Wind gusts of 40mph and heavy rain did not deter the 8 dedicated members of the group who braved the conditions and met at Grain Country Park on Sunday morning. We set off along the coastal path and although high tide had past, the waters edge was still fairly close to shore and we had good views of the many waders feeding on the freshly exposed mud flats. Curlew, black-headed gull, oystercatcher, brent geese, grey plover, dunlin and little egret were seen as we braced ourselves against the very strong wind and rain.
Offshore, standing at the mouth of the River Medway, is the Grain Tower, providing some shelter for the birds. It was built in the 19th century to protect the dockyards of Sheerness and Chatham from the French during a time of tension in the 1850’s.
Closer to us a large flock of black-tailed godwits were feeding and it was estimated that there were close to 1000 of them. Further along were great black-backed gull, widgeon, redshank, and grey plover. We made our way along the coastal path and found a shelter from the wind and rain. From here we could see the masts of the SS Montgomery protruding from the water. She ran aground, broke in half, and sank in August 1944. Great black-backed gull, widgeon, redshank, starling and meadow pipit were seen. Braving the wind once more we continued along the path, eventually turning inland and back through the woods and the more sheltered areas of the country park. Robin, long-tailed tit, great tit, chaffinch, magpie and house sparrow were seen before arriving back at the car park. By now the rain had stopped and the sun was trying to come out from behind the clouds that had dumped so much rain on us in the morning. We had our lunch at the picnic tables, in the lovely sunshine.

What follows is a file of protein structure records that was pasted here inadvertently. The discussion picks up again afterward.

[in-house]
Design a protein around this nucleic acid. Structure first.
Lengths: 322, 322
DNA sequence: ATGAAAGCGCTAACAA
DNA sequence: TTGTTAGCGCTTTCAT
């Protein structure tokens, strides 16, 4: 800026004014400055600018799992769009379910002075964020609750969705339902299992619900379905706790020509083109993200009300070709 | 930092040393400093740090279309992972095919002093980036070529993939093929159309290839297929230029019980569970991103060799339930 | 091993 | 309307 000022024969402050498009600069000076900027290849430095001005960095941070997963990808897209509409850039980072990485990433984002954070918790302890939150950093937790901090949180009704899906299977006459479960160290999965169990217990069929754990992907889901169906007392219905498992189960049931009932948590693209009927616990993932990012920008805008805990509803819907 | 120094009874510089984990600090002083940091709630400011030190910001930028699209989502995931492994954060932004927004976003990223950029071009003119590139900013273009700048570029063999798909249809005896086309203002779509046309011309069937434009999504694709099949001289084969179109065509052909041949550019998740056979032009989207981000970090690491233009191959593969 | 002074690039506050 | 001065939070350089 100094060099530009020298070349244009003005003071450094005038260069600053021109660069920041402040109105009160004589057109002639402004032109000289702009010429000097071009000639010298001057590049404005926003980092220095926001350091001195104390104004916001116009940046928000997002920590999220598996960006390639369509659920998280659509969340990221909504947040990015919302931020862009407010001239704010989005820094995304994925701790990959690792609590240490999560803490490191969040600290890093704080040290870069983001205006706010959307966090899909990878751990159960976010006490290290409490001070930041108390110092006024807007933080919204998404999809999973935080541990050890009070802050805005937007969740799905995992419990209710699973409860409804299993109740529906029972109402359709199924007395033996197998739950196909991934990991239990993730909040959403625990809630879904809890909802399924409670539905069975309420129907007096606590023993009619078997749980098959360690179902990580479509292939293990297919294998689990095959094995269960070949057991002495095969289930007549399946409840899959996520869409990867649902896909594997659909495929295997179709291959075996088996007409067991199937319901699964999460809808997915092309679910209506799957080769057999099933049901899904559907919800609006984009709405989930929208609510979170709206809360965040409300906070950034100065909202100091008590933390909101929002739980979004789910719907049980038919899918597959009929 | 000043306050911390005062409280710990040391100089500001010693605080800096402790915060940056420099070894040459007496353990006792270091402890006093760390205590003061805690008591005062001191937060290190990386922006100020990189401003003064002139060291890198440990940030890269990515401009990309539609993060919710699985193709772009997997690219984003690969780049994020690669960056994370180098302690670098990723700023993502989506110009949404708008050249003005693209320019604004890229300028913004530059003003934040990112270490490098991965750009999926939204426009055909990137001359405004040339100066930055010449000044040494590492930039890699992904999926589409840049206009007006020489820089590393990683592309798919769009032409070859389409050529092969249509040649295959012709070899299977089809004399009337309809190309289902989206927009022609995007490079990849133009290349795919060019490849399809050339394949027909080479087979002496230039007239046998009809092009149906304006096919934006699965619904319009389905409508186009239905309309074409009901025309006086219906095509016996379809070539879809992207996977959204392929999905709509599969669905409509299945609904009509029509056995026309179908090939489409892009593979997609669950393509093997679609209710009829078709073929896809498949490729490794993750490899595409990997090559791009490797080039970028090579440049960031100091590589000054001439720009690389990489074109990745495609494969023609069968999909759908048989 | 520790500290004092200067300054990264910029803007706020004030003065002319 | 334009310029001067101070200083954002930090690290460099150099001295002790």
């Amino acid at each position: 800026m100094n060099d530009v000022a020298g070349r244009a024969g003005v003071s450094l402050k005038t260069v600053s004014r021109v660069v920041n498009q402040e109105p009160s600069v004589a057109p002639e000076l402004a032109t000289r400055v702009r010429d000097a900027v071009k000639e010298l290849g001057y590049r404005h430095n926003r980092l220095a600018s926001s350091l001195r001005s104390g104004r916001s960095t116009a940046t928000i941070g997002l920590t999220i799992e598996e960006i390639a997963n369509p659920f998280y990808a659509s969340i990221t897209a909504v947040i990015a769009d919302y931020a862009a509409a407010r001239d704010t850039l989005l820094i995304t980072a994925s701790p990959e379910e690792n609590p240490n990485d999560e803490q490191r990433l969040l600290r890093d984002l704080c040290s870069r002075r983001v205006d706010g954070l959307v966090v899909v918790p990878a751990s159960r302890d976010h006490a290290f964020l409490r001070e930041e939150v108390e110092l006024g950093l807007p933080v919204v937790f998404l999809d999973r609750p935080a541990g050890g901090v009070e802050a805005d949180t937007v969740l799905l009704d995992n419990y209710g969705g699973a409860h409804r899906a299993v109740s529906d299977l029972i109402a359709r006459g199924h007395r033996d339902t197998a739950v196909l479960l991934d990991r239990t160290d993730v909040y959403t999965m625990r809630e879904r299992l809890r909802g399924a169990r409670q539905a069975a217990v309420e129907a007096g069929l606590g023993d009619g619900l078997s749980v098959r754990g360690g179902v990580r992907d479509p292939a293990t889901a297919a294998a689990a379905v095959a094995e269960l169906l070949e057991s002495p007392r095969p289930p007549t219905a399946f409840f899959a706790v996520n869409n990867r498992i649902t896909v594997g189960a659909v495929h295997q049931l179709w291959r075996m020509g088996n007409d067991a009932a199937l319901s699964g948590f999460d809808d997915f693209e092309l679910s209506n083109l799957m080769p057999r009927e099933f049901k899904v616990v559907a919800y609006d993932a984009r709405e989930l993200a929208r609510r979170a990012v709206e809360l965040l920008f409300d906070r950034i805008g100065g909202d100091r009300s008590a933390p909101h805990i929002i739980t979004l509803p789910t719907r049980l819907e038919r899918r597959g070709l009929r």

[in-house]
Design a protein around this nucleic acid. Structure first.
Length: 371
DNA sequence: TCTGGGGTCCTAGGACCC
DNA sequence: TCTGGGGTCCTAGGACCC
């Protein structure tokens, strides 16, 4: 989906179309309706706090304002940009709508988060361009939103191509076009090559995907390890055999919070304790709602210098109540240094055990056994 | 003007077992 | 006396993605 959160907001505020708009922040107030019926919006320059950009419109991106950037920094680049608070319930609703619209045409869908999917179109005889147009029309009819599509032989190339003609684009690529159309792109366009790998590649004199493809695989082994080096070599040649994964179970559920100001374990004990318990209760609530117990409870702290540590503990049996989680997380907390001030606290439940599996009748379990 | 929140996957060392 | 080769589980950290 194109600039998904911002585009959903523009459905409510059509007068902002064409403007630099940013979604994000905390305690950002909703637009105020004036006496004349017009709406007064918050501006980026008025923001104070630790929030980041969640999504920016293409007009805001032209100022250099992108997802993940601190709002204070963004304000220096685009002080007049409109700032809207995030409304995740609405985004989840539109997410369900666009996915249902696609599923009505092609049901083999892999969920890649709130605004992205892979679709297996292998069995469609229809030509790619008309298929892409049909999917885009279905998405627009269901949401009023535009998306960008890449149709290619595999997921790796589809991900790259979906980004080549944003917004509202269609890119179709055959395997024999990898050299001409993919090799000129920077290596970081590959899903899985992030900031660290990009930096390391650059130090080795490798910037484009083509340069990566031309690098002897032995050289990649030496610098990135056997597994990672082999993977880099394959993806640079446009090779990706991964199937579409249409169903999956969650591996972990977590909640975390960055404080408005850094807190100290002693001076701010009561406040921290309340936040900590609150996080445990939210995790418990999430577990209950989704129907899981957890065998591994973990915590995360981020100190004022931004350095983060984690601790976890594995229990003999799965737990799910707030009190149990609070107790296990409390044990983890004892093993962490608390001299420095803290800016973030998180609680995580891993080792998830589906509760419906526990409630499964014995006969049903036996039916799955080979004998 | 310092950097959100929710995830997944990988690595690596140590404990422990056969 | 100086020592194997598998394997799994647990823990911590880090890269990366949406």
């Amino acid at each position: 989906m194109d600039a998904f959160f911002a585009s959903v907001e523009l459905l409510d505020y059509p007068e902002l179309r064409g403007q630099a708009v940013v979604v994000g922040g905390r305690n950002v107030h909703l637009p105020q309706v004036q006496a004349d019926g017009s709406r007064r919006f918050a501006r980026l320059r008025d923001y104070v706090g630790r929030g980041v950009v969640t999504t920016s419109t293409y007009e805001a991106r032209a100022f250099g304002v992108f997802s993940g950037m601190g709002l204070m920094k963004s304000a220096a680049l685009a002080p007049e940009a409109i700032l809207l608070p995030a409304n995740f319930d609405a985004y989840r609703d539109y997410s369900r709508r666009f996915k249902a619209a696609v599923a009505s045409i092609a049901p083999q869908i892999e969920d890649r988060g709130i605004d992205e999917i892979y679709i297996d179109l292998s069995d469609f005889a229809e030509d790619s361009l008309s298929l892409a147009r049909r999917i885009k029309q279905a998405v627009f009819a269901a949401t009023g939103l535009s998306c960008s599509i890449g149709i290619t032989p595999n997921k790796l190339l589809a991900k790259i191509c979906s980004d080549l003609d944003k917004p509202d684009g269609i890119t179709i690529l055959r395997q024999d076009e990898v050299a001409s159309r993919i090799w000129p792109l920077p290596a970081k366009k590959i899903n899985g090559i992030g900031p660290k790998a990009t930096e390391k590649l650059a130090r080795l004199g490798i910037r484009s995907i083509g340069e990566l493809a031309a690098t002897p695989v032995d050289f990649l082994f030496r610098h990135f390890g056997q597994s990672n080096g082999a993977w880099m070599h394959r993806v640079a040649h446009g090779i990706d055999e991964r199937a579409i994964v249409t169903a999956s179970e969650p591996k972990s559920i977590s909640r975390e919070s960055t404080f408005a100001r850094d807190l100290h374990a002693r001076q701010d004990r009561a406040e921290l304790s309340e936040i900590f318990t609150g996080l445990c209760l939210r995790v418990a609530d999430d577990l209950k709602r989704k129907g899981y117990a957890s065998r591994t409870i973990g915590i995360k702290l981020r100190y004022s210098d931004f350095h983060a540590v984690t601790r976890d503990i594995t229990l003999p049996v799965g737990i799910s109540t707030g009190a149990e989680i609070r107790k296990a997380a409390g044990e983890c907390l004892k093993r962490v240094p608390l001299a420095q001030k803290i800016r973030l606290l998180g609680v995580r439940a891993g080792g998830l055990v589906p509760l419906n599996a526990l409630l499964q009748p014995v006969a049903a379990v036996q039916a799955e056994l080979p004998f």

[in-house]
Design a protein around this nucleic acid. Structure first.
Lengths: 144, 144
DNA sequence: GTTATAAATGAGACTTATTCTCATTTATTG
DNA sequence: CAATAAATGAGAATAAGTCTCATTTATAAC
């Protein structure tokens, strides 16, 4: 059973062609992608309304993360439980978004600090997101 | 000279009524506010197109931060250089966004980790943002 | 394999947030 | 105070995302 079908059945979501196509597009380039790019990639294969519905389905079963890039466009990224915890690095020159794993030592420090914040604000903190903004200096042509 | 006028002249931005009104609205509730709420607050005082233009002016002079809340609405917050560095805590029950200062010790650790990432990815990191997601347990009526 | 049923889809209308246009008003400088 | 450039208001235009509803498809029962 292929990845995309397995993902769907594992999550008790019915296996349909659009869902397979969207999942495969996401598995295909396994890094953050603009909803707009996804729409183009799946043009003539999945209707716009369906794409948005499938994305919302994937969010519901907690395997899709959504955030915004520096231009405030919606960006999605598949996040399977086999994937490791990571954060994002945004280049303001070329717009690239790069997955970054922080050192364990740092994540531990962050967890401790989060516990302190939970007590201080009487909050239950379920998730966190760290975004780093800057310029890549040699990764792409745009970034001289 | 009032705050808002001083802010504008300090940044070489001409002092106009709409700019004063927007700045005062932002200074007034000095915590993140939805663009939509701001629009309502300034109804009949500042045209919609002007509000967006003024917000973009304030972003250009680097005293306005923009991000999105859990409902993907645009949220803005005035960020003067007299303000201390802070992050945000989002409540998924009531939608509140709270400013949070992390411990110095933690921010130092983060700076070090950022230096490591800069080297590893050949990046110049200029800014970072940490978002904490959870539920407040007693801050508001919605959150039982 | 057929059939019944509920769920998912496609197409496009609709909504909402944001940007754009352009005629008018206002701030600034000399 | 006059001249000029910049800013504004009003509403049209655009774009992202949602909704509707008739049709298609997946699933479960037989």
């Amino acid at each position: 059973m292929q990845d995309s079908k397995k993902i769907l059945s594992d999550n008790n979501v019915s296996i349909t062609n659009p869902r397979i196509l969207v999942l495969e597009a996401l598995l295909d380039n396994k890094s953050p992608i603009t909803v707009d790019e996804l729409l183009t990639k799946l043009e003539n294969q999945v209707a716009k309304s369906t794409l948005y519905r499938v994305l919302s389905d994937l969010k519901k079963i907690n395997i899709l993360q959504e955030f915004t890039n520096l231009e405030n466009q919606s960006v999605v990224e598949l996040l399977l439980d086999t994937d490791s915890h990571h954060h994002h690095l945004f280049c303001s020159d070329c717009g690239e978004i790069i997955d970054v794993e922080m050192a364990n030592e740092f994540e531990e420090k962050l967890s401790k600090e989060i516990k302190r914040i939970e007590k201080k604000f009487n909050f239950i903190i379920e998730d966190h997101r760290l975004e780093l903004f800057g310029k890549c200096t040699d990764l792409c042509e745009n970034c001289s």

We moved on to the RSPB Reserve at Northward Hill. On the water were pochard, mallard, coot, heron, mute swan and shoveler along with many grey-lag geese feeding. Good views were had of buzzard and a distant marsh harrier and cormorant. Blackbird, chiff chaff, goldfinch, jay, magpie, starling and pheasant were seen, and a cetti’s warbler let us know of its presence, but as usual not seen. In the field in front of the heronry, large numbers of rook, jackdaw and carrion crows were gathering, before going to their roost.
Although the day started very wet and very windy, from mid day it was dry and sunny and a total of 38 different birds were seen.
Thank you to everyone for being brave enough to turn out.
Thanks to Sally for the photos.
Norman and Sandra
Thanks to Norman and Sandra for leading – I think that they secretly hoped that no one else would turn up so that they could go home! The clocks went back on the day of the trip but not by that much. So don’t try to go on any of the advertised trips on the park notice board. It was so wet that no cameras were allowed out – so I had to insert two photographs from a previous trip.